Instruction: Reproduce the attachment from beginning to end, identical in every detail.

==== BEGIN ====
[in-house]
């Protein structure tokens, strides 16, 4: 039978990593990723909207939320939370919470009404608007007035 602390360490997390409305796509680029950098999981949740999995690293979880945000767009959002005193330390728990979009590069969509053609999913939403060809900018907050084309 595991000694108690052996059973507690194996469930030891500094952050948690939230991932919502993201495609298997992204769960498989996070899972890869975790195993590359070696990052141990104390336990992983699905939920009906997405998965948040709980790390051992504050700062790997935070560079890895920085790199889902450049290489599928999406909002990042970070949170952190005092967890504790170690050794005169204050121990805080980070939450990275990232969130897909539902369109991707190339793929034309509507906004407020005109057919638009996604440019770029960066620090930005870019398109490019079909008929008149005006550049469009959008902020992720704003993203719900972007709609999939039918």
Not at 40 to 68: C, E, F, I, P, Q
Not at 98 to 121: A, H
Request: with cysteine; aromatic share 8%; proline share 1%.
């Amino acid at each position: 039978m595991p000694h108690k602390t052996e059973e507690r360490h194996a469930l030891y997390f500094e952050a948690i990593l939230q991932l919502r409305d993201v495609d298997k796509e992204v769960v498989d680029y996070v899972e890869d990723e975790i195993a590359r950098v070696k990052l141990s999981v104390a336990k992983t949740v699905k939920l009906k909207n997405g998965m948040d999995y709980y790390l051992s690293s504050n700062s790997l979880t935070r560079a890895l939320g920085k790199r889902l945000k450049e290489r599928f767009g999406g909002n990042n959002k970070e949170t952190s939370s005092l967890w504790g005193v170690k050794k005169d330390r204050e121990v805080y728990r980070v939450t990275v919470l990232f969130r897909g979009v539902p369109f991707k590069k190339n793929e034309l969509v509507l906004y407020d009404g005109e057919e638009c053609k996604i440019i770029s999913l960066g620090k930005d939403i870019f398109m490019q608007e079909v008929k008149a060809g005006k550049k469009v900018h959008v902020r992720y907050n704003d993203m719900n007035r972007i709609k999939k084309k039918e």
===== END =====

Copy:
[in-house]
């Protein structure tokens, strides 16, 4: 039978990593990723909207939320939370919470009404608007007035 602390360490997390409305796509680029950098999981949740999995690293979880945000767009959002005193330390728990979009590069969509053609999913939403060809900018907050084309 595991000694108690052996059973507690194996469930030891500094952050948690939230991932919502993201495609298997992204769960498989996070899972890869975790195993590359070696990052141990104390336990992983699905939920009906997405998965948040709980790390051992504050700062790997935070560079890895920085790199889902450049290489599928999406909002990042970070949170952190005092967890504790170690050794005169204050121990805080980070939450990275990232969130897909539902369109991707190339793929034309509507906004407020005109057919638009996604440019770029960066620090930005870019398109490019079909008929008149005006550049469009959008902020992720704003993203719900972007709609999939039918």
Not at 40 to 68: C, E, F, I, P, Q
Not at 98 to 121: A, H
Request: with cysteine; aromatic share 8%; proline share 1%.
């Amino acid at each position: 039978m595991p000694h108690k602390t052996e059973e507690r360490h194996a469930l030891y997390f500094e952050a948690i990593l939230q991932l919502r409305d993201v495609d298997k796509e992204v769960v498989d680029y996070v899972e890869d990723e975790i195993a590359r950098v070696k990052l141990s999981v104390a336990k992983t949740v699905k939920l009906k909207n997405g998965m948040d999995y709980y790390l051992s690293s504050n700062s790997l979880t935070r560079a890895l939320g920085k790199r889902l945000k450049e290489r599928f767009g999406g909002n990042n959002k970070e949170t952190s939370s005092l967890w504790g005193v170690k050794k005169d330390r204050e121990v805080y728990r980070v939450t990275v919470l990232f969130r897909g979009v539902p369109f991707k590069k190339n793929e034309l969509v509507l906004y407020d009404g005109e057919e638009c053609k996604i440019i770029s999913l960066g620090k930005d939403i870019f398109m490019q608007e079909v008929k008149a060809g005006k550049k469009v900018h959008v902020r992720y907050n704003d993203m719900n007035r972007i709609k999939k084309k039918e």